By Emmanuelle Landais, Senior Reporter
Dubai: The UAE animal welfare officials returned two lion cubs to the same Egyptian owner they charged with animal mistreatment.
The travelling circus which brought the animals to the UAE has now taken them to Bahrain while it is believed the owner has returned to Egypt, a ministry of environment and water official said.
For Dh35,000 each, Mamdouh Al Helw, an Egyptian lion trainer in his 50s offered the cubs for sale to Gulf News in an undercover investigation into the illegal animal and luxury pet trade in the UAE in March, this year.
Posing as potential buyers, Gulf News obtained access to the cubs and was taken to a location between Dhaid and Ras Al Khaimah where four adult lions and one tiger were also caged, and two elephants were tied up.
The cubs, both male, were lame from a bad diet and poor living conditions. They had to receive injections of calcium supplements and vitamin B from their keepers.
Abdullah Salem Gana'an, director of agricultural and livestock department at the Ministry of Environment and Water, said in a statement the lions' owner was charged with violating UAE law 16 of 2007 on animal welfare and subsequently made to pay veterinary costs incurred by the Ministry of Environment and Water to nurse the cubs back to health.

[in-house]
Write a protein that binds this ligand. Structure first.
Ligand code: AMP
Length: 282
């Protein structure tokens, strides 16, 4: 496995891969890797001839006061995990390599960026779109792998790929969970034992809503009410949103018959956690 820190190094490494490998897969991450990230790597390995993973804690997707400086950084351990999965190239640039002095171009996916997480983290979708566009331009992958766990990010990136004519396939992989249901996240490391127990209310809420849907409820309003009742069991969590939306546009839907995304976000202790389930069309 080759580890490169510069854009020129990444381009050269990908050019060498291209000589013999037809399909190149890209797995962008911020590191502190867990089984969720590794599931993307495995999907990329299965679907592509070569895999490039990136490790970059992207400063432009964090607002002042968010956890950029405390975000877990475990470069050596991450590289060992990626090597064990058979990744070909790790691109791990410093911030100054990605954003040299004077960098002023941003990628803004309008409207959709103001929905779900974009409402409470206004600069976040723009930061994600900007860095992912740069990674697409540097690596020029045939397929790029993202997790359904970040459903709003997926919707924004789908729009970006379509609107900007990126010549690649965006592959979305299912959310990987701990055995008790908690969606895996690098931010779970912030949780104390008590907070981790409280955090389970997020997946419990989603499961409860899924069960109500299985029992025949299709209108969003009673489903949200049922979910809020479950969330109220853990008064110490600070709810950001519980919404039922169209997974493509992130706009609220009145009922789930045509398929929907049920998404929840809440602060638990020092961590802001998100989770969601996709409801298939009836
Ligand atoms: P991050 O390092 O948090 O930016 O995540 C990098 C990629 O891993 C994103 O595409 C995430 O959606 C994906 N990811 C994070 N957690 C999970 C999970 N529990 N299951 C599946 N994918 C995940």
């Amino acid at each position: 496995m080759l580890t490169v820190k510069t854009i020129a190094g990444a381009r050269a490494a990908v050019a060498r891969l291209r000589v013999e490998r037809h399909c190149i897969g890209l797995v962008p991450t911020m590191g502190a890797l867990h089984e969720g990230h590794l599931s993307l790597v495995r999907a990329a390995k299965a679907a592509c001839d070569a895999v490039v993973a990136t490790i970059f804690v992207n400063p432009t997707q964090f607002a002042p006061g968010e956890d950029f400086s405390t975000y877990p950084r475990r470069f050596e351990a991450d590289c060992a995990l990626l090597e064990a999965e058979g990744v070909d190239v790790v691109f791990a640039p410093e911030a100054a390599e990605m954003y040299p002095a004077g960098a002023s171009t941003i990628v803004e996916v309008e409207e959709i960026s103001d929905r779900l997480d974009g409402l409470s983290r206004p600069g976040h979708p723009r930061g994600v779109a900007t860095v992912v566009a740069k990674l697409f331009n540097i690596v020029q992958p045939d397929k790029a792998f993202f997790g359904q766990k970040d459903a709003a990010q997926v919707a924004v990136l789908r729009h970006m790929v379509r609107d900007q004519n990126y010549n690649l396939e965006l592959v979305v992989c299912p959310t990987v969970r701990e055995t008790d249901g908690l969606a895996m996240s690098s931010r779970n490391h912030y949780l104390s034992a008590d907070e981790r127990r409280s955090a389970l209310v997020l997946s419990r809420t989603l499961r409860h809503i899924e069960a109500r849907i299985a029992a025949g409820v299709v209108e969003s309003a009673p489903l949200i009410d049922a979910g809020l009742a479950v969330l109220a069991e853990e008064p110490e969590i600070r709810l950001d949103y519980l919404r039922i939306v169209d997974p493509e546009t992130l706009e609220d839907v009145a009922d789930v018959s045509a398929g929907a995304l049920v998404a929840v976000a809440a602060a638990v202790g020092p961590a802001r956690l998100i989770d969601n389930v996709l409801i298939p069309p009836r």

However, the cubs could not be permanently confiscated as under Article 9 of the federal law animals detained and taken for treatment should be returned to their owner once medical costs are repaid.
It is unknown how much the health care costs of the cubs' stay in a private veterinary clinic in Dubai and at the Al Ain Wildlife Park, apparently paid by Al Helw, came to. Al Ain Wildlife Park said the cubs left in June, in much better health than when they arrived.
Attempt to sell
At the time, Al Helw said he had been hired for a circus planned to take place in the UAE but this could not be confirmed with the authorities.
Gana'an did not comment in regards to the attempted illegal sale of the cubs but stressed that "any future establishment of a circus in the UAE should be done within the terms of UAE animal welfare law."
Al Helw violated Article 2 on general conditions and not "causing any damage" to animals, Article 4 on allowing animals "free movement" and giving them sufficient space. He also violated Article 5 and Article 11 of the law.
Regulations: Office alerted
Mona Al Shamsi, head of the Convention on International Trade in Endangered Species of Wild Fauna and Flora (CITES) unit at the UAE Ministry of Environment and Water which oversees travel and trade permits for big cats and other threatened species, said the CITES office in Egypt has been alerted to the situation, and Al Helw will be blacklisted.
As per Egyptian Environmental Protection Agency (EEAA) legislations for travelling circuses, since February 2010, no cubs are to leave with any circus from Egypt. All animals listed as part of the travelling circus must be micro-chipped and animals can only leave through Cairo International Airport.